Observers say Col Gaddafi has been chronically late
The Italian lower house has cancelled a high-level conference with Libyan leader Muammar Gaddafi after he failed to turn up after a two-hour wait.
Calling the delay "unjustified", Speaker Gianfranco Fini called the meeting off to applause from the crowd.
Col Gaddafi has prompted a number of controversies on his first visit to Italy, Libya's former colonial ruler.
An earlier address to a group of 700 Italian women - for which he was also late - drew both applause and jeers.
He and his 200-member entourage arrived to a red-carpet welcome on Wednesday hosted by Italian Prime Minister Silvio Berlusconi.
But at a debate in Rome University on Thursday, the colonel was heckled by students who were protesting against his human-rights record and a deal with Italy to forcibly return African migrants.
The streets of Rome around the lower house of parliament were reportedly shut down in a security operation by police, and senior politicians had gathered in anticipation of Col Gaddafi's visit.
Col Gaddafi's visit sparked protests
He had been due to begin meetings at 1430 local time (1230 GMT), but by 1630 had failed to arrive.
The conference was then called off "due to the delay" by Gaddafi, said Mr Fini to applause from the waiting crowd.
"A delay that has not been justified to the lower house speaker and for which... I consider this conference cancelled," he said.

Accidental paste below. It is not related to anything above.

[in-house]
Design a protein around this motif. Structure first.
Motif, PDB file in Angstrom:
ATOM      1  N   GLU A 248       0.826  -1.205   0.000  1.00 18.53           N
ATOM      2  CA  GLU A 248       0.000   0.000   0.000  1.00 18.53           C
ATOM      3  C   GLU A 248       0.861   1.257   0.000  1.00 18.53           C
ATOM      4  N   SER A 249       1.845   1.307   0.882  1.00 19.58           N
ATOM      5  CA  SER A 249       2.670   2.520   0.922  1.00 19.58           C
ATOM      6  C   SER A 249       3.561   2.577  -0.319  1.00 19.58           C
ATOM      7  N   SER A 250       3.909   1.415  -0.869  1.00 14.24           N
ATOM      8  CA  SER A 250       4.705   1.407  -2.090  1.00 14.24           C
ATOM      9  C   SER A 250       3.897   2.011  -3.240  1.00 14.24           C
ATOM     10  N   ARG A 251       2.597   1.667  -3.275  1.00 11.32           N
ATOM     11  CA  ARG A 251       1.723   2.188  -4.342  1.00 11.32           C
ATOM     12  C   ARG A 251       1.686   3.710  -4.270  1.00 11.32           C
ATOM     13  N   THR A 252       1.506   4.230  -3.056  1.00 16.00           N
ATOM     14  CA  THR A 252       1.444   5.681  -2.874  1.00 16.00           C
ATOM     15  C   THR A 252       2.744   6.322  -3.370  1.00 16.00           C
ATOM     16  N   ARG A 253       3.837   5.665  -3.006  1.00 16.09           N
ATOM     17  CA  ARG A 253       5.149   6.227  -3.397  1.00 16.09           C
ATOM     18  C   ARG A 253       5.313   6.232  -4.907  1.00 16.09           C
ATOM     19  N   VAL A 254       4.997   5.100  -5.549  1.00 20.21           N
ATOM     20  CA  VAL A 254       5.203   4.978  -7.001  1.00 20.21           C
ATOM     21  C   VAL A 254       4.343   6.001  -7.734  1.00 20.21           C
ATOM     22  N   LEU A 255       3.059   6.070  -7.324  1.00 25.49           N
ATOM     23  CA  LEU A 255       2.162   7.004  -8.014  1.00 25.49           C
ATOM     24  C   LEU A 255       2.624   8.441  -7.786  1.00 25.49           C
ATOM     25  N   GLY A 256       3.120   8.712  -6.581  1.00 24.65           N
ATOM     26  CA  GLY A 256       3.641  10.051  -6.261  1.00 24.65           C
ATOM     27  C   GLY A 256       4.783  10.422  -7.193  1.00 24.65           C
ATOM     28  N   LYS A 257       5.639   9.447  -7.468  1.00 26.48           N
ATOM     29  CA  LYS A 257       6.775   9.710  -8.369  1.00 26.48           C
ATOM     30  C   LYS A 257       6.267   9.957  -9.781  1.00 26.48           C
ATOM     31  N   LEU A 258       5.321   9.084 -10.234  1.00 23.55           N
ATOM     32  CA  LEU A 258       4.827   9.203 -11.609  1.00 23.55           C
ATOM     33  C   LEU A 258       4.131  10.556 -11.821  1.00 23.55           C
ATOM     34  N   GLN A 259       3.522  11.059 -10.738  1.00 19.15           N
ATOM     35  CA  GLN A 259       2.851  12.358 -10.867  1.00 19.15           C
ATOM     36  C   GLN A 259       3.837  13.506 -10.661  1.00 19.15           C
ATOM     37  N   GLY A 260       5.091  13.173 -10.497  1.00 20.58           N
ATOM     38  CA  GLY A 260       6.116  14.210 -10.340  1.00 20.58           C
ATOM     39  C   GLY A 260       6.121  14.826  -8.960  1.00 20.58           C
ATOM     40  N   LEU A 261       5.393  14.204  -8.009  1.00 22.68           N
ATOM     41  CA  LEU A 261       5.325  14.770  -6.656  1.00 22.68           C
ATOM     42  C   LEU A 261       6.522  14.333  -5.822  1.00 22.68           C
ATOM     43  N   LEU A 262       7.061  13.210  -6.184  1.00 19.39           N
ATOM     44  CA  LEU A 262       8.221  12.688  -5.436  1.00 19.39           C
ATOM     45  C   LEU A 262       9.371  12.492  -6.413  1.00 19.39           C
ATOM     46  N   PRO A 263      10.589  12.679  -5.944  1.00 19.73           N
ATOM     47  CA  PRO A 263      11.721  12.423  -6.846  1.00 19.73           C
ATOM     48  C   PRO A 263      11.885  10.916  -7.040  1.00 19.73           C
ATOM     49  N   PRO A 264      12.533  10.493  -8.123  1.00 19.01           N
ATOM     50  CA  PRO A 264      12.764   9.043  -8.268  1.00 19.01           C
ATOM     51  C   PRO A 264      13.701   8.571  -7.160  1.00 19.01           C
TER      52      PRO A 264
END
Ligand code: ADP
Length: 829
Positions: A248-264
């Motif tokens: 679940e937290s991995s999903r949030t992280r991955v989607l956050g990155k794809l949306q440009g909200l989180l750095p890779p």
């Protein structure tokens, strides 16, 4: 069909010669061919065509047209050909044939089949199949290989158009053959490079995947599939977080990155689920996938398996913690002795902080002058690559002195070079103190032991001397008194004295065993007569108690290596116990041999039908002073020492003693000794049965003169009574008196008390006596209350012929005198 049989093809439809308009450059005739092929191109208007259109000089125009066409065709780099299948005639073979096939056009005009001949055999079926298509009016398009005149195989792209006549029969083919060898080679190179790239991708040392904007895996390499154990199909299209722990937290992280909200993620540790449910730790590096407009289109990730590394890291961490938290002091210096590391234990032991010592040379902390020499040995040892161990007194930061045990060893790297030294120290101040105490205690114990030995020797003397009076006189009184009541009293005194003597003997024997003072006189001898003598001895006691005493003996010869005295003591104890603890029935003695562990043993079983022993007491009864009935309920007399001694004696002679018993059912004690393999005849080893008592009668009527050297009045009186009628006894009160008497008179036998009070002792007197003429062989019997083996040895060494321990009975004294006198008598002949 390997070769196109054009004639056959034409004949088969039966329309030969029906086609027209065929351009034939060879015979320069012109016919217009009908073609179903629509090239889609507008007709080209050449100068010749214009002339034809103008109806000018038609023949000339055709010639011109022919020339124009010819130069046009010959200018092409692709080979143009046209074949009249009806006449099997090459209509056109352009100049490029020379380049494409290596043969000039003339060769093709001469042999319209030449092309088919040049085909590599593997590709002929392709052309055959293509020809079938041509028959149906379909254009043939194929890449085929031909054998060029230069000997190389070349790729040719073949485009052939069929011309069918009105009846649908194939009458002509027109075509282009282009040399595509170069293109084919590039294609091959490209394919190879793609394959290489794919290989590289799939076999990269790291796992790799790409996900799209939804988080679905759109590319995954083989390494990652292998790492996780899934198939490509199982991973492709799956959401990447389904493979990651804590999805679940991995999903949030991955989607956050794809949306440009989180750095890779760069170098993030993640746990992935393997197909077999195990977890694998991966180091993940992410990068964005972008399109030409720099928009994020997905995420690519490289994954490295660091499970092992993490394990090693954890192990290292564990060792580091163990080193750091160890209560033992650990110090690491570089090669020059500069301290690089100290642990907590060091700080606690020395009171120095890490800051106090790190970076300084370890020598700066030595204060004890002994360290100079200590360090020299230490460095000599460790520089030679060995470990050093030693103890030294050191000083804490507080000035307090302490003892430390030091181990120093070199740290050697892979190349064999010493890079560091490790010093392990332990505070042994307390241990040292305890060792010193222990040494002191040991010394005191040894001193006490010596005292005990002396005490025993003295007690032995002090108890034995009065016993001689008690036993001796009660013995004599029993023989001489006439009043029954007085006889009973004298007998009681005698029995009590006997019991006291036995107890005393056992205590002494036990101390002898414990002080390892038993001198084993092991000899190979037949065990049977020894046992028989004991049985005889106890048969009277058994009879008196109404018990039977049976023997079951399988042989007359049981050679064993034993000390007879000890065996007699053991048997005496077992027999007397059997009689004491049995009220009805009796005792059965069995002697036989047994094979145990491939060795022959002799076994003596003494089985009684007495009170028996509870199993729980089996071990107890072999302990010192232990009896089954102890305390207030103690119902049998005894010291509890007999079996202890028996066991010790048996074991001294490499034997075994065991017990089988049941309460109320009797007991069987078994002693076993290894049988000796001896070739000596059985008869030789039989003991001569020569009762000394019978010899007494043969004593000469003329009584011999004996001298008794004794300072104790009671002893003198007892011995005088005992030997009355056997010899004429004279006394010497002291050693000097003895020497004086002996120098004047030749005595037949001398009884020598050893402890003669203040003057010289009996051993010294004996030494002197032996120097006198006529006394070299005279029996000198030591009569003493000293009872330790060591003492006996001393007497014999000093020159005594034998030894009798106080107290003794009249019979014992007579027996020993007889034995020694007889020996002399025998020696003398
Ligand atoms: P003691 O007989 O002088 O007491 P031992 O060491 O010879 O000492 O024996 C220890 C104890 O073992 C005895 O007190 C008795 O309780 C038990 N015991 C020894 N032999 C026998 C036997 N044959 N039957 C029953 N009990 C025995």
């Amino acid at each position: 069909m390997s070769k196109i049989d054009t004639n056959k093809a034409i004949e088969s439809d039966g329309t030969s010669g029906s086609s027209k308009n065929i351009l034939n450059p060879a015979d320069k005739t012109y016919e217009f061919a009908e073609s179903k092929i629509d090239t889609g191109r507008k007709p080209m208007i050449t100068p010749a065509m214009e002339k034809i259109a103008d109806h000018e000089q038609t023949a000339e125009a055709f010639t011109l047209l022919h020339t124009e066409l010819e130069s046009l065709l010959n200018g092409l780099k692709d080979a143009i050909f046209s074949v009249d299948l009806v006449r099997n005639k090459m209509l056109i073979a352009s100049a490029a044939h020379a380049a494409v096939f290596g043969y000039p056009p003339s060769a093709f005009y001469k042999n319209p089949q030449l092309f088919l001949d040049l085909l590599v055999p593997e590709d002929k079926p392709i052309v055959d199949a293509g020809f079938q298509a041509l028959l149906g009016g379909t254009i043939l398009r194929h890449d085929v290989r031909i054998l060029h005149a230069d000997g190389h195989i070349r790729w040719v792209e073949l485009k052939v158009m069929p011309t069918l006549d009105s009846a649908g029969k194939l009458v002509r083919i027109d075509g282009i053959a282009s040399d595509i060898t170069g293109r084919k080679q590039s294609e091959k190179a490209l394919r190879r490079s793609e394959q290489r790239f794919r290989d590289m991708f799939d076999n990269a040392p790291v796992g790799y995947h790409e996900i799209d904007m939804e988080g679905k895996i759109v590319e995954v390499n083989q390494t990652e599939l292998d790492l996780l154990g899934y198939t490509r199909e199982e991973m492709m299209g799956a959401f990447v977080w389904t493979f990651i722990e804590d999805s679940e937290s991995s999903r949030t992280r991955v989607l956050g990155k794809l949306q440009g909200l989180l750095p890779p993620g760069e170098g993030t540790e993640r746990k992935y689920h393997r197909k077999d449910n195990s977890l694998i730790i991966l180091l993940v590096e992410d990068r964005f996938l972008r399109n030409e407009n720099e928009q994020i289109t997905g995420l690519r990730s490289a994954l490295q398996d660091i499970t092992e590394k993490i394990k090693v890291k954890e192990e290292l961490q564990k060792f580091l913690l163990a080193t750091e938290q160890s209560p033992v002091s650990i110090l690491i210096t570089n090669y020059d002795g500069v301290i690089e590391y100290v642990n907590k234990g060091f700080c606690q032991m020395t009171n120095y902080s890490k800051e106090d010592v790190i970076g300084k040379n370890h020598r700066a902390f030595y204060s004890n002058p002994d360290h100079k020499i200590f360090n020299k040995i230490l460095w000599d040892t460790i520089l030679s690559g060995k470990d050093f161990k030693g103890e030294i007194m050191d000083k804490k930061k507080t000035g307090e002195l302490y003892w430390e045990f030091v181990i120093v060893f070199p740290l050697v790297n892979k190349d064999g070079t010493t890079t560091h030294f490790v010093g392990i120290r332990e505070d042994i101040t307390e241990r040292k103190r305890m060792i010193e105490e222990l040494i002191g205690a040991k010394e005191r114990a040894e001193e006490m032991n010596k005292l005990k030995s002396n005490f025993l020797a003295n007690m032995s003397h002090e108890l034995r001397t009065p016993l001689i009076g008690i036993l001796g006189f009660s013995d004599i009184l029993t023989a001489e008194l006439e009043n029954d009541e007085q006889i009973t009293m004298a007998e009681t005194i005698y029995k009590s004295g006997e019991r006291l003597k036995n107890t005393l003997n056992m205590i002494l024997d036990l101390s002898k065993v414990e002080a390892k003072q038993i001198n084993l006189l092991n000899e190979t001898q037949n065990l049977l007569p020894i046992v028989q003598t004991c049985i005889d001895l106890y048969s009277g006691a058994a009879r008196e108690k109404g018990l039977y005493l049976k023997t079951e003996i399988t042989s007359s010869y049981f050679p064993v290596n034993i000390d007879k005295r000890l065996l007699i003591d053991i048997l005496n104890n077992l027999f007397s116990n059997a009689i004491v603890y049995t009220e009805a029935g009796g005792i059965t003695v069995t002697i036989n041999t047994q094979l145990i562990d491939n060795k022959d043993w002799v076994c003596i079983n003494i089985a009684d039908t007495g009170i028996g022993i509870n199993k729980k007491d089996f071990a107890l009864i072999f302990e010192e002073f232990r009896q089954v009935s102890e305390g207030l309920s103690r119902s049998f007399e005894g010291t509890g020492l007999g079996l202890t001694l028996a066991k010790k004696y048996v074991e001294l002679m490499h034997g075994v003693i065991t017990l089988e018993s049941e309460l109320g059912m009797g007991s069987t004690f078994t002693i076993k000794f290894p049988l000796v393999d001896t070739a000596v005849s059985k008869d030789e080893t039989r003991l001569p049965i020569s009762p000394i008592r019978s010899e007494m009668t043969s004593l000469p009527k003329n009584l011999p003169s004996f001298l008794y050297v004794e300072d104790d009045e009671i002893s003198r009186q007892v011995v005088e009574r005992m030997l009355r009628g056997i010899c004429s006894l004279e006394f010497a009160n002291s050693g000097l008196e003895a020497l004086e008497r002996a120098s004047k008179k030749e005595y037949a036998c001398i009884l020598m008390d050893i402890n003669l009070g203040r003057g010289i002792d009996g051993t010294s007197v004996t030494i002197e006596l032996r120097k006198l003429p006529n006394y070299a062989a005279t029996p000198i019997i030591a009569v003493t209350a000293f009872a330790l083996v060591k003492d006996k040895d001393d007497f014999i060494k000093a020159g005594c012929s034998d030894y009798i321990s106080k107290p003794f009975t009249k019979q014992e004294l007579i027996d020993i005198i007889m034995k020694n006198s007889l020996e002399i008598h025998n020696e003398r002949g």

Observers say Col Gaddafi has made a habit of failing to appear on time for his appointments while on his Italian visit.
They say he was half an hour behind schedule for his meeting with the Italian head of state, President Giorgio Napolitano; an hour late for Mr Berlusconi; an hour late for the Senate; and an hour-and-a-half late for La Sapienza University.
'Forced by necessity'
Col Gaddafi was also an hour late for his audience with prominent Italian women from the fields of business, politics and culture earlier on Friday.
Nonetheless, he entered the gathering at Rome's concert hall to loud applause, and was introduced by Italy's Equal Opportunities Minister Mara Carfagna, a former beauty queen.
Col Gaddafi spoke about the condition of women in Europe and Africa with some of his trademark female bodyguards standing by.
"In society I think there is complete equality between men and women," he told the audience, which included some women who were carrying posters of him.
"The European woman has arrived where she is today, driving trains and buses, travels on her own, sleeps in hotels, and so formally she is emancipated.
"But this wasn't because of her free choice or development but because she was forced by necessity," he added.
Although the comment drew boos from many of the women present, other remarks were met by applause and laughter.
Italian businesswomen boo Gaddafi
There was a throng of women around the Libyan leader as he left, with several trying to get his autograph or take his picture.
"I hope that Gaddafi can take inspiration from women in Italy and the West to reflect and improve the condition of women in his own country," business woman Soraya Bonincontro told Reuters news agency.
Col Gaddafi held a similar meeting on a visit to Paris in 2007, when he told guests he wanted to "save European women".
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